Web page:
Nemelka, a retired teacher, went on to say that she did not understand why the teachers were not willing to go back to class. He compared them to firefighters and doctors and grocery store workers who worked during the pandemic “despite the risk”.

“They have courage and we applaud them for it. Then why do some teachers not want to take their place in front of the class?” He asked. “For those teachers who are afraid of the life you live, you need to take a look at yourself.”

He said in-person instructions are the most important part of the job. “I still believe online learning is a lazy way of learning K-12,” he added.

As he spoke, some in the comments called for him to resign. Nemelka’s seat is ready for election this year, with one person, Jenny Sika, running against him.

Ford had started the meeting on Thursday saying the way the board discussion went last week was not the right one, showing mostly concerns with Nemelka, as well as Kennedy pushing to end the debate at exactly 6pm because she had other plans. Students, Ford said, should be the priority of the board.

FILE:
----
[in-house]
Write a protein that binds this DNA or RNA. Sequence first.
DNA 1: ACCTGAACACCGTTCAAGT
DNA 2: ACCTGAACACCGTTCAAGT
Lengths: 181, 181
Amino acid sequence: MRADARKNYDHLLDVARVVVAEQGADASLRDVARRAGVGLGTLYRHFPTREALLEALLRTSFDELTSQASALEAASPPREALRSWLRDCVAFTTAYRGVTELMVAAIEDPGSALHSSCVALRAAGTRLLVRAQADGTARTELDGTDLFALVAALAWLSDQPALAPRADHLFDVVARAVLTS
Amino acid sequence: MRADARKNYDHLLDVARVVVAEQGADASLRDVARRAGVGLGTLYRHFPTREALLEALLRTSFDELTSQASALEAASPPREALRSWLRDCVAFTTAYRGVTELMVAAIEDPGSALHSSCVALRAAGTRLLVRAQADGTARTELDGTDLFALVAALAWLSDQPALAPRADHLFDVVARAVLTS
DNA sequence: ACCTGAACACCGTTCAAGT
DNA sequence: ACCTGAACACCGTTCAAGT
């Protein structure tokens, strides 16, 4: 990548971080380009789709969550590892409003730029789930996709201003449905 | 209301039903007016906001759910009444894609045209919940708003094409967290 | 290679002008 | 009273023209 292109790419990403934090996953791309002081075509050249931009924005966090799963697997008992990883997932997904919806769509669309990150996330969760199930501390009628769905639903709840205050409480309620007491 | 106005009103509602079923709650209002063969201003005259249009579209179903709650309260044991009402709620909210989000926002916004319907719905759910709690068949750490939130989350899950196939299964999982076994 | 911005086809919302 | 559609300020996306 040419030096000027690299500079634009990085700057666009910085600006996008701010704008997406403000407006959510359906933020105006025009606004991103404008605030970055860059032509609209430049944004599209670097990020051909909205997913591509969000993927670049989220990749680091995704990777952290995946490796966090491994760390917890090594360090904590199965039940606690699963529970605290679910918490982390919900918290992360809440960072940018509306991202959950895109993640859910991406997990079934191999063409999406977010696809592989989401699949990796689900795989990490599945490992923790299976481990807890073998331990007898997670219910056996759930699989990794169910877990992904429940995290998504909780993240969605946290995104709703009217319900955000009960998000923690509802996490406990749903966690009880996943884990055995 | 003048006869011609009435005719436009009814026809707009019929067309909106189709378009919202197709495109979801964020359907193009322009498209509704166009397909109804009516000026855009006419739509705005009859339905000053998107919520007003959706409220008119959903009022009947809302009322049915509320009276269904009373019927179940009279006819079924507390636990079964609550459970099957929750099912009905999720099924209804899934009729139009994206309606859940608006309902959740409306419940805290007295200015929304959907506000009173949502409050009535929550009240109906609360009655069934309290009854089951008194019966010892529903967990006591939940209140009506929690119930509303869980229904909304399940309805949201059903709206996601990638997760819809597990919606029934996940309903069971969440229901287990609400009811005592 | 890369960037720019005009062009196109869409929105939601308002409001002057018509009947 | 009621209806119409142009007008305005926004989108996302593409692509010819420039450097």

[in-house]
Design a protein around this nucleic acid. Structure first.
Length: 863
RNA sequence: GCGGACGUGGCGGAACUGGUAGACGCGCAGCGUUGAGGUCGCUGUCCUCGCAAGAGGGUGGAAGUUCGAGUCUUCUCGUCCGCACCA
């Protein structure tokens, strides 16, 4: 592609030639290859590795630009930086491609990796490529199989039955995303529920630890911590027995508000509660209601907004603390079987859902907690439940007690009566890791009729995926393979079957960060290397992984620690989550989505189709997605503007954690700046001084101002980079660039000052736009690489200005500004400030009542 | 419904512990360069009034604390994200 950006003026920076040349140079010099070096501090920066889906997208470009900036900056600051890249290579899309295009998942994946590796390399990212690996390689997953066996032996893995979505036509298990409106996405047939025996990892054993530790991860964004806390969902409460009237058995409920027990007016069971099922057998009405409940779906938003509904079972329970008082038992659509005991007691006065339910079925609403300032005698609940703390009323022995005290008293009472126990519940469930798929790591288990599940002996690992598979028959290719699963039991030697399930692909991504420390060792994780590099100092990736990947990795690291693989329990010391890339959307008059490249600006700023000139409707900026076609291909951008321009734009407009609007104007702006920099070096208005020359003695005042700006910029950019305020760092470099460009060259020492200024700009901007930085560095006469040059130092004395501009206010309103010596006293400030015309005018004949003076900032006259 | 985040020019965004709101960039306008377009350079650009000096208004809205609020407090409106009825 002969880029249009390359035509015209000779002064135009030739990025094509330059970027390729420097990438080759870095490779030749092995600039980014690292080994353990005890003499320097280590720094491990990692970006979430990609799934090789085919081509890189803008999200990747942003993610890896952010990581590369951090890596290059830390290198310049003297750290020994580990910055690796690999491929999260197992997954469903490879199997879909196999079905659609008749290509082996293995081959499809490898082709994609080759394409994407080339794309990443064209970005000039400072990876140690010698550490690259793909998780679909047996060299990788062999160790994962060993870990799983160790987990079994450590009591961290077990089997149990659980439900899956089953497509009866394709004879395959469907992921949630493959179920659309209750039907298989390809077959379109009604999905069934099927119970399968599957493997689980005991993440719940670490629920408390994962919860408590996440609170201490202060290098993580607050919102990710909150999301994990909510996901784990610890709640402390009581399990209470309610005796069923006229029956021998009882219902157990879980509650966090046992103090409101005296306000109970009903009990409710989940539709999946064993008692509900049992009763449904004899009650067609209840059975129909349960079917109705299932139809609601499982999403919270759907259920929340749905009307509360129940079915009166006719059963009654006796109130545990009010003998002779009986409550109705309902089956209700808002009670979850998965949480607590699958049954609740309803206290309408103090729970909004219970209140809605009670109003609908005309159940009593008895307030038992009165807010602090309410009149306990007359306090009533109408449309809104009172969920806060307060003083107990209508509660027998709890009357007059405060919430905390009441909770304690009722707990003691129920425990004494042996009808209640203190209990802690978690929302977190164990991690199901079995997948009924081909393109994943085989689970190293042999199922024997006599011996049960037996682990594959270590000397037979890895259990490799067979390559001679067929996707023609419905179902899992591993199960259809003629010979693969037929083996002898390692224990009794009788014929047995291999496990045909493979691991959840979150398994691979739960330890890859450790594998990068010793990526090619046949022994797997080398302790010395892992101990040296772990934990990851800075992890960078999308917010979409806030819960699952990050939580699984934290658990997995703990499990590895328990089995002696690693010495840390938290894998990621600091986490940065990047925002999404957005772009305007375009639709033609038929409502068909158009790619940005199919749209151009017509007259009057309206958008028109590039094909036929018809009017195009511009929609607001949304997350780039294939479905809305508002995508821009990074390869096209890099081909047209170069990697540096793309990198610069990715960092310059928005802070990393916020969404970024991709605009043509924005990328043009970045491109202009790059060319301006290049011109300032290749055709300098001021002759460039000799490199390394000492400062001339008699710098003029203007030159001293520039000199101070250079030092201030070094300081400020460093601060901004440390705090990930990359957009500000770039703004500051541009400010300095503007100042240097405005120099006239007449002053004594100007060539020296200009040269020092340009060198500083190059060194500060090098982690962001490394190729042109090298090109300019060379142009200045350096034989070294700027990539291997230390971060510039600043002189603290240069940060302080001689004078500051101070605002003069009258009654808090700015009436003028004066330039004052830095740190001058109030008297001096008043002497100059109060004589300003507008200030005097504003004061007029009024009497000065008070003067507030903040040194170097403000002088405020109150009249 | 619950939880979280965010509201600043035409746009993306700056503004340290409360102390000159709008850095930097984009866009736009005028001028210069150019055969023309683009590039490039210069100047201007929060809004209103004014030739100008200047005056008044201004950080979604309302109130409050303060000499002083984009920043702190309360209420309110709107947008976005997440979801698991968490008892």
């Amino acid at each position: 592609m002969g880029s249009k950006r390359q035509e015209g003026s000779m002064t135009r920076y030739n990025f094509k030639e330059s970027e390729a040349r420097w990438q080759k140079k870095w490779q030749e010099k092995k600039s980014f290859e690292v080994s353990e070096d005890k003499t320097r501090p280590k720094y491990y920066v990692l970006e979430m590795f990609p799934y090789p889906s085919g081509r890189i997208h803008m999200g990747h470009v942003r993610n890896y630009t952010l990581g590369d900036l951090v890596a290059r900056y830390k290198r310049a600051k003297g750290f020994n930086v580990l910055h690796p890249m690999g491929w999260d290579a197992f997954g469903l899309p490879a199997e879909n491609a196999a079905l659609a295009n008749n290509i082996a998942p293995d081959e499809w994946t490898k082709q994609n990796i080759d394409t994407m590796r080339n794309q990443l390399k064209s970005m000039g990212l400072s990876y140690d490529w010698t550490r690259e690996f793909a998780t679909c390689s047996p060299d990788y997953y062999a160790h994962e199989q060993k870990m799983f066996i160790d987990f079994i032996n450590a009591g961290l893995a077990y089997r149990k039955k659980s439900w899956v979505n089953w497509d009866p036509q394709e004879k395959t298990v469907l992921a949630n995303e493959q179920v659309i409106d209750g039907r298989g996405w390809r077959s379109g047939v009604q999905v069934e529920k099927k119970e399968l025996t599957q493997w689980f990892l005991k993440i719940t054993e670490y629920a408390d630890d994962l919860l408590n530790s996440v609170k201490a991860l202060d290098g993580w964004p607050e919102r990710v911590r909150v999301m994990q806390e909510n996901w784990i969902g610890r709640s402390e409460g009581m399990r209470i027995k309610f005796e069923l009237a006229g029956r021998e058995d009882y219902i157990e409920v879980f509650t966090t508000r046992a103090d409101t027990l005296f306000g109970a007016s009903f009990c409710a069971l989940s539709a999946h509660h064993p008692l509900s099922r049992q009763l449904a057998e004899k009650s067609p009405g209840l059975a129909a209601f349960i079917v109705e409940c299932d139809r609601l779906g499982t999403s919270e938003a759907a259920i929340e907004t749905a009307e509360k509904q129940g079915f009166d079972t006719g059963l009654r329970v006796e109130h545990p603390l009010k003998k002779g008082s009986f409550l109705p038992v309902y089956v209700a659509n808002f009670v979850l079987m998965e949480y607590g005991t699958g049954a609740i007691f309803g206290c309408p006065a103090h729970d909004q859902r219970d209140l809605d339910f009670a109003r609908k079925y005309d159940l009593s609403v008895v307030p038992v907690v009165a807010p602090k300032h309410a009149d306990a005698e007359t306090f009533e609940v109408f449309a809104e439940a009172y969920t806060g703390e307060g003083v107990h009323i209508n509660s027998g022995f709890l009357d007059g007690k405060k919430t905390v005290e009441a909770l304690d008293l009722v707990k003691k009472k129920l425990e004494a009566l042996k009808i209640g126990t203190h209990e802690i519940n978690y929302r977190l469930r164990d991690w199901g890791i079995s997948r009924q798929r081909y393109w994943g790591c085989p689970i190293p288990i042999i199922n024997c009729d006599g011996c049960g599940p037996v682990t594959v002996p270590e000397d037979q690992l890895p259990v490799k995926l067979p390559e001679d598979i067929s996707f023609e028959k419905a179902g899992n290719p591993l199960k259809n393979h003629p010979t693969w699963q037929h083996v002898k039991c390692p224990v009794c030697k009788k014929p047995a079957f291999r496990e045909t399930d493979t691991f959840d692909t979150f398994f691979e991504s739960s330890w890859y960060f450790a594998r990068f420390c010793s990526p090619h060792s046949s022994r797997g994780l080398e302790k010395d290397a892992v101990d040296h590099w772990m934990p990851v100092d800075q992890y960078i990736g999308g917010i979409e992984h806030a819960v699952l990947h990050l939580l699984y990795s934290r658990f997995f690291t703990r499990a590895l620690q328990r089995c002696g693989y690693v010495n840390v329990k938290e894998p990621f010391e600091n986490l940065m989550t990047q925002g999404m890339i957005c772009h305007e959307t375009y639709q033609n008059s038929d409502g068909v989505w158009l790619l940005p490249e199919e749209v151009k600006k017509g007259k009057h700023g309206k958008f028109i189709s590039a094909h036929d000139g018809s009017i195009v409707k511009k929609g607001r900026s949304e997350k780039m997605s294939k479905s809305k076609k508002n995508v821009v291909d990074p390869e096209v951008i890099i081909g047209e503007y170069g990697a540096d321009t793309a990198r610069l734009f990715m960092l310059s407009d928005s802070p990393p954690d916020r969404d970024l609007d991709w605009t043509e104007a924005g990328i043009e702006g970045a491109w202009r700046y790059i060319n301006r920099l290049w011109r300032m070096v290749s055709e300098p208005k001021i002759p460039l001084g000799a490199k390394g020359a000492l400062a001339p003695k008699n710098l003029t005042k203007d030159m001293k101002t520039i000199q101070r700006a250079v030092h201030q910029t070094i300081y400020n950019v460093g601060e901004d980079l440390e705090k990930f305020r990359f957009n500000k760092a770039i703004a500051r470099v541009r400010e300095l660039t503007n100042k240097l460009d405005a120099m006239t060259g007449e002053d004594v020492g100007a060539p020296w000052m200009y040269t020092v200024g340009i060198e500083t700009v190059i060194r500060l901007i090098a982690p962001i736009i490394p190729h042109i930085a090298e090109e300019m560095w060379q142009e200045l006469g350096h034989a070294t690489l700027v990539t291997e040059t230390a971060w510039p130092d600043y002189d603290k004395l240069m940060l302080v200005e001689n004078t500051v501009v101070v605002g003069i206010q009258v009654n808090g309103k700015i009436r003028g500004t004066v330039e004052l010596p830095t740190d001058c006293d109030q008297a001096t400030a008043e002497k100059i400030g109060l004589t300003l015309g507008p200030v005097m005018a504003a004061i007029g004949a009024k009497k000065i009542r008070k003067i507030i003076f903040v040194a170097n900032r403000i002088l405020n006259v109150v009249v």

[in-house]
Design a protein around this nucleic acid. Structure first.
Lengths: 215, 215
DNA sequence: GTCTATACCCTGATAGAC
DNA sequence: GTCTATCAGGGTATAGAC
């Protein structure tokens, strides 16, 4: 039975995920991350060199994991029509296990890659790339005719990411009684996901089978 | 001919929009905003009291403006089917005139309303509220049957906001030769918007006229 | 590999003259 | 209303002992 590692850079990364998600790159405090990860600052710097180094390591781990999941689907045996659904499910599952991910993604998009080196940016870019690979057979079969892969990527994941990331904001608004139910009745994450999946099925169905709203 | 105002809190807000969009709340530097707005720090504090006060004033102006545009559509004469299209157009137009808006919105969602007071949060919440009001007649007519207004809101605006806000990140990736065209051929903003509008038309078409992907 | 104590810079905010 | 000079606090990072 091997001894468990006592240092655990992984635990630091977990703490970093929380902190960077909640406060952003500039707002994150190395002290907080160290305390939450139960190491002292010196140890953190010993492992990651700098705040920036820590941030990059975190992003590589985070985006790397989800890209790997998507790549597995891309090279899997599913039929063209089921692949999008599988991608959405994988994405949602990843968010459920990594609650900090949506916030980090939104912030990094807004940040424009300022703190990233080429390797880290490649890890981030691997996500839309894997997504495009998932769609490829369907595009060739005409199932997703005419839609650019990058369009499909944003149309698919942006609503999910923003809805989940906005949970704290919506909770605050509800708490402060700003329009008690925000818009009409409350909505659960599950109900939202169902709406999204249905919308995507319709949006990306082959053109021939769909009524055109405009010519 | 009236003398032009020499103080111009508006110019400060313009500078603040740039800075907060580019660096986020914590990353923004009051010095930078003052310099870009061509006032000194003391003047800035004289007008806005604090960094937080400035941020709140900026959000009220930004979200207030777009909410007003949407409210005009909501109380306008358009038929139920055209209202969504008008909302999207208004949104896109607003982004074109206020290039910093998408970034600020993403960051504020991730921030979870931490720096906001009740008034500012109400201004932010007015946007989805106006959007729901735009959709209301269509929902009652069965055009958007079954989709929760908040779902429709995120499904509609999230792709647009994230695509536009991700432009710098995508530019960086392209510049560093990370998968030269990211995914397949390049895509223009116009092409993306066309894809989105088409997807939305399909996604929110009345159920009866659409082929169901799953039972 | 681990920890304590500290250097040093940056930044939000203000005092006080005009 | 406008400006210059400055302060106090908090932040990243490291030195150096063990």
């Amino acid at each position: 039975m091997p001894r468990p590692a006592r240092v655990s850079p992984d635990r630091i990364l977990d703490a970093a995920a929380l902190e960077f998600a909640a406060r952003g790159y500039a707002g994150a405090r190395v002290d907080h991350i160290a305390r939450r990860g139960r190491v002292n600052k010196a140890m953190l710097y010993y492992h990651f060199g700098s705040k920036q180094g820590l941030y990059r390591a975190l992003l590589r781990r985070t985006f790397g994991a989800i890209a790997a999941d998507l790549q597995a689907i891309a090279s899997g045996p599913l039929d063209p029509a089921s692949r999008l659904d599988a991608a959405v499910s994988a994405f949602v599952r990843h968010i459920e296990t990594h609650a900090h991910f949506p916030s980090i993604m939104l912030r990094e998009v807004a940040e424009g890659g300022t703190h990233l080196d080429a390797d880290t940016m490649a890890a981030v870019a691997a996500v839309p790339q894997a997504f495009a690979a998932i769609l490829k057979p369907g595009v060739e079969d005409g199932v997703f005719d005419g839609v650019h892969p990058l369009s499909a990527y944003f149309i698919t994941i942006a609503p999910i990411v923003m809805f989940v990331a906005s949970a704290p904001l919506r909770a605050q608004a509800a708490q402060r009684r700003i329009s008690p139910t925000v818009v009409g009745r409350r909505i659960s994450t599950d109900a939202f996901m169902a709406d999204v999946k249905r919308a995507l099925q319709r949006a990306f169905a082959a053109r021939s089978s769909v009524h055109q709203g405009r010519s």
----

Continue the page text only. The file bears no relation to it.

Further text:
“Last week, other priorities and personal concerns moved away from that focus,” she said. “These kinds of distractions have no place in a board meeting.”

For now, she said, the main concern is keeping students safe. While many prefer in-person teaching and see it as the most effective way to teach children, Ford added, it is very dangerous in the current conditions in the city.

But the district is still preparing when it may be safer to open by fixing air systems in schools, installing sanitary stations on the playground and setting up plexiglass barriers. Because return, Ford said, is the goal.

The school plan says, “It is not in the best interest of our students or our families to continue indefinitely with a single distance opportunity, nor is it our goal.”